Indonesia Food Culture

Southeast Asia always catches the eye of tourists, with its sunny tropical shores, tall and big coconut trees, and hospitable locals. With the development of Southeast Asia tourism, Indonesian food is increasingly appearing on the tables of foreign tourists, which are accepted and favored by tourists. Indonesian food culture forms an important part of tourism for this charming country.


indonesian food


Indonesian Food Characteristics

Indonesian food culture has the international trend. In the capital Jakarta, there are dishes from all over the world, such as Chinese, European, Thai, Vietnamese, Japanese, Korean dishes, etc. Indonesian dishes are similar to the dishes of Southeast Asian countries and the taste is strong. Coconut milk, pepper, cloves, ko beans, curry and other spices are usually added to the food. On the tables you can find the spicy sauces.


Among the dishes throughout Indonesia, the most typical is Padang food, which is famous for its spicy and fried taste. Tourists who like spicy food can try it. Due to the hot weather, Indonesians generally do not like hot foods, and they do not drink very hot soups. Indonesians have a habit of drinking coffee or tea after a meal, usually with sugar when they drink.


indonesian food


Indonesians like sweets. There are many types of desserts after meals. The most common are fried plantains and various cakes made with rice flour, glutinous rice flour, flour, tapioca flour, soy flour, coconut, and sugar.


Structure of Indonesian food

Staple Food

Indonesia is located in the tropical zone, therefore it does not produce wheat. The staple food is rice, corn, or potatoes, especially rice. Apart from cooking rice, Indonesians like to wrap rice or sticky rice with banana leaves or palm leaves, and then steam them. In addition, Indonesians like foods made from wheat, such as a variety of noodles and breads etc.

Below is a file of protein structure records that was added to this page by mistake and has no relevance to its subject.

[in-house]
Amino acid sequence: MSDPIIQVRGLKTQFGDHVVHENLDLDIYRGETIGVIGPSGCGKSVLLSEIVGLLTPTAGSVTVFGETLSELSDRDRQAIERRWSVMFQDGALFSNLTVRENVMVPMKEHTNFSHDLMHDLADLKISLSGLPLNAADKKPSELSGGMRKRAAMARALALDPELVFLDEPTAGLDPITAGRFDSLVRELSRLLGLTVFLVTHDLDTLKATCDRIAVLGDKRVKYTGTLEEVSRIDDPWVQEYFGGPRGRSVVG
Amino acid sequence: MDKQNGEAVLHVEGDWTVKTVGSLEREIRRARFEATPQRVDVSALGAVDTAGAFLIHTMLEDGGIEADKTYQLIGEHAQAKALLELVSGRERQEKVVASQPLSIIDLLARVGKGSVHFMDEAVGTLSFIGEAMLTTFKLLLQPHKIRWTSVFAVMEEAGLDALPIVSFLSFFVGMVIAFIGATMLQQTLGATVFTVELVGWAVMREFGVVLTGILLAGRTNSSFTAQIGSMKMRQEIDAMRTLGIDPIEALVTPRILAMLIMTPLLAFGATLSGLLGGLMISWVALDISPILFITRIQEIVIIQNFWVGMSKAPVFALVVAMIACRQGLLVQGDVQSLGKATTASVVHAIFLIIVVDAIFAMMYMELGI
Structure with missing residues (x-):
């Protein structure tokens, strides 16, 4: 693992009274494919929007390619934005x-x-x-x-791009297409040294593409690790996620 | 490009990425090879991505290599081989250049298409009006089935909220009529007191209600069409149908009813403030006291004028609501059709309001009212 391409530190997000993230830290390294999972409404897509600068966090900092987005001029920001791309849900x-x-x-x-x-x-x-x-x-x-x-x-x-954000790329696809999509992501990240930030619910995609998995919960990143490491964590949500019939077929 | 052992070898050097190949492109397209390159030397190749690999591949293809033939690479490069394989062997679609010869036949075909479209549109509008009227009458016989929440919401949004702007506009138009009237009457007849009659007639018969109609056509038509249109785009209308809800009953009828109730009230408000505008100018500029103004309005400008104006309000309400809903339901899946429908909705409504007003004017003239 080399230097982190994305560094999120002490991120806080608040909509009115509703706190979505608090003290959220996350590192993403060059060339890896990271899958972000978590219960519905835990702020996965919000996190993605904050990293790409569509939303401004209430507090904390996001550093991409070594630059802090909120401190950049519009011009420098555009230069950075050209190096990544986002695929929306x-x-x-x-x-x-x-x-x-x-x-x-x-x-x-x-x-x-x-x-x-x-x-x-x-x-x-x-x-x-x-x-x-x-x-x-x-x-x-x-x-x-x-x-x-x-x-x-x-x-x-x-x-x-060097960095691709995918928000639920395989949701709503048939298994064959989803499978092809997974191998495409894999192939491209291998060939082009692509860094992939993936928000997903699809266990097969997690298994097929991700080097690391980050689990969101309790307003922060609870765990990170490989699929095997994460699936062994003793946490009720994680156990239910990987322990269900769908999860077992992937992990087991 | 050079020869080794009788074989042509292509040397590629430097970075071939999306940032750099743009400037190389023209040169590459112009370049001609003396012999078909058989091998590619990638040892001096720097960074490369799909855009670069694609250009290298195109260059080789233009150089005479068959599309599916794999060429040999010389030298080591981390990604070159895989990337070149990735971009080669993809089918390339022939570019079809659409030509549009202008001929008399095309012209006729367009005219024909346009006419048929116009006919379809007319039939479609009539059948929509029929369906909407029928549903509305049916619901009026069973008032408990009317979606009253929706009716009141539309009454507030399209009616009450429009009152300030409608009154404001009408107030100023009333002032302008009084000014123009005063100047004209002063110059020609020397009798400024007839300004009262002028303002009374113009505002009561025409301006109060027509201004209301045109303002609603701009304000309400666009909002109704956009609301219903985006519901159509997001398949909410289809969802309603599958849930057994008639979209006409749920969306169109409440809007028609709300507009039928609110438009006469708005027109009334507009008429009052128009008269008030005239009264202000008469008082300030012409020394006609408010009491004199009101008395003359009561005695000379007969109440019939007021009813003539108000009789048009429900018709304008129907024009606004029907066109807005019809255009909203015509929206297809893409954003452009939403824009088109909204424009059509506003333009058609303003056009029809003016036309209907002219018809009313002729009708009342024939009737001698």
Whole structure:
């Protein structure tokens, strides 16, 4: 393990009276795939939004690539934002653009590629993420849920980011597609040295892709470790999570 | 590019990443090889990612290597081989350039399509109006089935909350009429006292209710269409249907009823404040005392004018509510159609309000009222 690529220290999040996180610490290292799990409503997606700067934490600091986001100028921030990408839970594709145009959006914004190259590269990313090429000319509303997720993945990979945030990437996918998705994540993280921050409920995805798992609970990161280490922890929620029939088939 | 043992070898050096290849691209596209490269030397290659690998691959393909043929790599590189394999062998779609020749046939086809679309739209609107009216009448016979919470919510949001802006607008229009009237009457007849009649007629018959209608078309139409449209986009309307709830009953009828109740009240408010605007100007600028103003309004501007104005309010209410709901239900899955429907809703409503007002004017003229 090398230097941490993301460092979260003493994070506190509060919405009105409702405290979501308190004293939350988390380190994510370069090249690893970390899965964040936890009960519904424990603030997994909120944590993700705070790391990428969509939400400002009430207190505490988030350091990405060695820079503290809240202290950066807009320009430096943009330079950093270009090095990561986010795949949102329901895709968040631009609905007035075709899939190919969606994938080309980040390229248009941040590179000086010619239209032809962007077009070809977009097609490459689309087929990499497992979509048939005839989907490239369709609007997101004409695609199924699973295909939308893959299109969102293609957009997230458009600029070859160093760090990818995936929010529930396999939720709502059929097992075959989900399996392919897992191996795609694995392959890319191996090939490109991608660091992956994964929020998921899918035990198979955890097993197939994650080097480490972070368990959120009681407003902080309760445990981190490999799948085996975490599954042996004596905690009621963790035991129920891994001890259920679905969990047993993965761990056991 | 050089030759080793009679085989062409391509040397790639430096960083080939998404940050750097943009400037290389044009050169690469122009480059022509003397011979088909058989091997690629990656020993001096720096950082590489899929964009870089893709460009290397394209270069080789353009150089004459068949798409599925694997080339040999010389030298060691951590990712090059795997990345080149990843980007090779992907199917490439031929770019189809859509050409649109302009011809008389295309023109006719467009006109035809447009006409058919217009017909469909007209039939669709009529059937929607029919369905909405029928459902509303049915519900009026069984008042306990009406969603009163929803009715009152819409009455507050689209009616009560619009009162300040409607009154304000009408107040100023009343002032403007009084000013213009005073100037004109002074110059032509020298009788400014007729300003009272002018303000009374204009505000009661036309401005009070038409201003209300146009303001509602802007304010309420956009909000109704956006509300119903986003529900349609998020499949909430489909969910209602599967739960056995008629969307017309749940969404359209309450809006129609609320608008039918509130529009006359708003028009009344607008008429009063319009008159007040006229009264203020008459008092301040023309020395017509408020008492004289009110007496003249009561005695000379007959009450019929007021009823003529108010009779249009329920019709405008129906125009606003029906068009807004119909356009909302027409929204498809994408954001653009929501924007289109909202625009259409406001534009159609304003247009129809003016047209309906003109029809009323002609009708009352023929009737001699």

As the majority of Indonesians are Islamic, therefore most Indonesians do not eat pork, but meat of sheep, beef or fish and shrimp.



Indonesia is a country rich in spices. Indonesian dishes are made with various spices, hot peppers, gingers, garlic etc. Therefore, one of the characteristics of Indonesian food is strong flavor. Indonesian dishes are different from other Southeast Asian dishes, which use two particular ingredients: shikuri and black kuri.


indonesian food


These two spices will appear in almost any traditional dish. For example, the famous Patong beef should be pounded with stone chestnuts and then sauteed to produce a unique oily aroma, which is authentic. The taste of black chestnut mixed with cloves, cinnamon, mint, etc. is an essential ingredient for cooking "Black Beauty". It is a kind of traditional beef soup, named for the black chestnut soup with black color, which is considered to have beauty and nutritional effects.



Indonesia is a coffee-rich country, so drinking coffee is very popular in the country. Due to its tropical geographical position, Indonesians like to drink cold drinks. Apart from ice cream, soft drinks, there are many cold drinks such as pineapple, coconut, mango drinks etc. Islamic people don't drink hard liquor, therefore most Indonesians drink beer.



In Indonesia, tropical fruits are abundant, especially bananas. In Indonesian markets, you can find all kinds of tropical fruits.


Popular Dishes in Indonesia

The most popular dishes in Indonesia are Gado-Gado (vegetable salad), Sate (grilled meat), Ikan Panggang (grilled fish), Sapipang-Gang (grilled beef), Kambing Panggang (meat from grilled mutton). The most popular soups are Soto Sapi (beef soup), Soto Kambing (mutton soup), and Soto Ayam (chicken soup) etc.





Indonesian Food Tips

  • To travel to Indonesia, you must pay attention to food hygiene. Many cities in Indonesia, including the capital Jakarta, have poor quality water. In some places, tap water cannot drink directly. It is not recommended that visitors drink non-boiled water, but drink boiled water or drinkable mineral water.


  • Indonesians sometimes eat rice with spoons and forks, sometimes with both hands. When eating Pilaf with their hands, they place the rice on the plate first, then use their right finger to pinch the rice into small balls and thus eat them directly. On the side of the table, a bowl of water is placed. When they grab the rice, they submerge it with water from time to time, so that the rice does not stick with their fingers. People who like pilaf find that it is very appetizing to eat like that.